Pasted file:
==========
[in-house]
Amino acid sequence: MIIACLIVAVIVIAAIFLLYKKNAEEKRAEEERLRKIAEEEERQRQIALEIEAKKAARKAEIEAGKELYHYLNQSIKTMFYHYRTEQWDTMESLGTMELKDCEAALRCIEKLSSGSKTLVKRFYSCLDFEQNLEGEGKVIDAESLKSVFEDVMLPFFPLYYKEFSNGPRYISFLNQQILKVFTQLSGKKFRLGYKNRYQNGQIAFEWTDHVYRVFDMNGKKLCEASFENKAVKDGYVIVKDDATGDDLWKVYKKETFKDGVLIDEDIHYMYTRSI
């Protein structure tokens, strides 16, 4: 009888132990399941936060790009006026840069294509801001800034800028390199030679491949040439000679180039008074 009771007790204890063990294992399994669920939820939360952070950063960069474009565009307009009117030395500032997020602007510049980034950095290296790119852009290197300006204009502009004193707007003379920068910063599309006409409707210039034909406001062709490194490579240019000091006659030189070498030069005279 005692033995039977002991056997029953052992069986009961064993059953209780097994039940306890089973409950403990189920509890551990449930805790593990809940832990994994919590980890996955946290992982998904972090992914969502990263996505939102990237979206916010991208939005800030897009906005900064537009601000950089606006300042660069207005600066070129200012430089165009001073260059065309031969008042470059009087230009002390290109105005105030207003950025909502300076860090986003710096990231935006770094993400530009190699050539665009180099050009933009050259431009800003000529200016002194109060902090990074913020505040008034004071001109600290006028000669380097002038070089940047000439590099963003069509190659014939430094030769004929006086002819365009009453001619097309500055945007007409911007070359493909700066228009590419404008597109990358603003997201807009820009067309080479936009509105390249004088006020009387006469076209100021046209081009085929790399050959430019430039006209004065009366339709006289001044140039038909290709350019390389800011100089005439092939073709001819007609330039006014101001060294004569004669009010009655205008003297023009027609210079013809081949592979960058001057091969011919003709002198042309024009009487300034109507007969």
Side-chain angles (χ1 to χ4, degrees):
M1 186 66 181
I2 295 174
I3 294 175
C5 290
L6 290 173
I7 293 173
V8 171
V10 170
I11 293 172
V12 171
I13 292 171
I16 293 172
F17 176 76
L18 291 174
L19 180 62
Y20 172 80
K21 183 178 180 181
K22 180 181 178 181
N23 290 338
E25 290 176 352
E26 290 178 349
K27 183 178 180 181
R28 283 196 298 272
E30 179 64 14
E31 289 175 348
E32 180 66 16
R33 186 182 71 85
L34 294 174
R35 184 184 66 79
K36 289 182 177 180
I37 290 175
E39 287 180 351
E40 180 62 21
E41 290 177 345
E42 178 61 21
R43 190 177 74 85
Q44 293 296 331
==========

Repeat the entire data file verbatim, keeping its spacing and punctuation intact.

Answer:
[in-house]
Amino acid sequence: MIIACLIVAVIVIAAIFLLYKKNAEEKRAEEERLRKIAEEEERQRQIALEIEAKKAARKAEIEAGKELYHYLNQSIKTMFYHYRTEQWDTMESLGTMELKDCEAALRCIEKLSSGSKTLVKRFYSCLDFEQNLEGEGKVIDAESLKSVFEDVMLPFFPLYYKEFSNGPRYISFLNQQILKVFTQLSGKKFRLGYKNRYQNGQIAFEWTDHVYRVFDMNGKKLCEASFENKAVKDGYVIVKDDATGDDLWKVYKKETFKDGVLIDEDIHYMYTRSI
């Protein structure tokens, strides 16, 4: 009888132990399941936060790009006026840069294509801001800034800028390199030679491949040439000679180039008074 009771007790204890063990294992399994669920939820939360952070950063960069474009565009307009009117030395500032997020602007510049980034950095290296790119852009290197300006204009502009004193707007003379920068910063599309006409409707210039034909406001062709490194490579240019000091006659030189070498030069005279 005692033995039977002991056997029953052992069986009961064993059953209780097994039940306890089973409950403990189920509890551990449930805790593990809940832990994994919590980890996955946290992982998904972090992914969502990263996505939102990237979206916010991208939005800030897009906005900064537009601000950089606006300042660069207005600066070129200012430089165009001073260059065309031969008042470059009087230009002390290109105005105030207003950025909502300076860090986003710096990231935006770094993400530009190699050539665009180099050009933009050259431009800003000529200016002194109060902090990074913020505040008034004071001109600290006028000669380097002038070089940047000439590099963003069509190659014939430094030769004929006086002819365009009453001619097309500055945007007409911007070359493909700066228009590419404008597109990358603003997201807009820009067309080479936009509105390249004088006020009387006469076209100021046209081009085929790399050959430019430039006209004065009366339709006289001044140039038909290709350019390389800011100089005439092939073709001819007609330039006014101001060294004569004669009010009655205008003297023009027609210079013809081949592979960058001057091969011919003709002198042309024009009487300034109507007969």
Side-chain angles (χ1 to χ4, degrees):
M1 186 66 181
I2 295 174
I3 294 175
C5 290
L6 290 173
I7 293 173
V8 171
V10 170
I11 293 172
V12 171
I13 292 171
I16 293 172
F17 176 76
L18 291 174
L19 180 62
Y20 172 80
K21 183 178 180 181
K22 180 181 178 181
N23 290 338
E25 290 176 352
E26 290 178 349
K27 183 178 180 181
R28 283 196 298 272
E30 179 64 14
E31 289 175 348
E32 180 66 16
R33 186 182 71 85
L34 294 174
R35 184 184 66 79
K36 289 182 177 180
I37 290 175
E39 287 180 351
E40 180 62 21
E41 290 177 345
E42 178 61 21
R43 190 177 74 85
Q44 293 296 331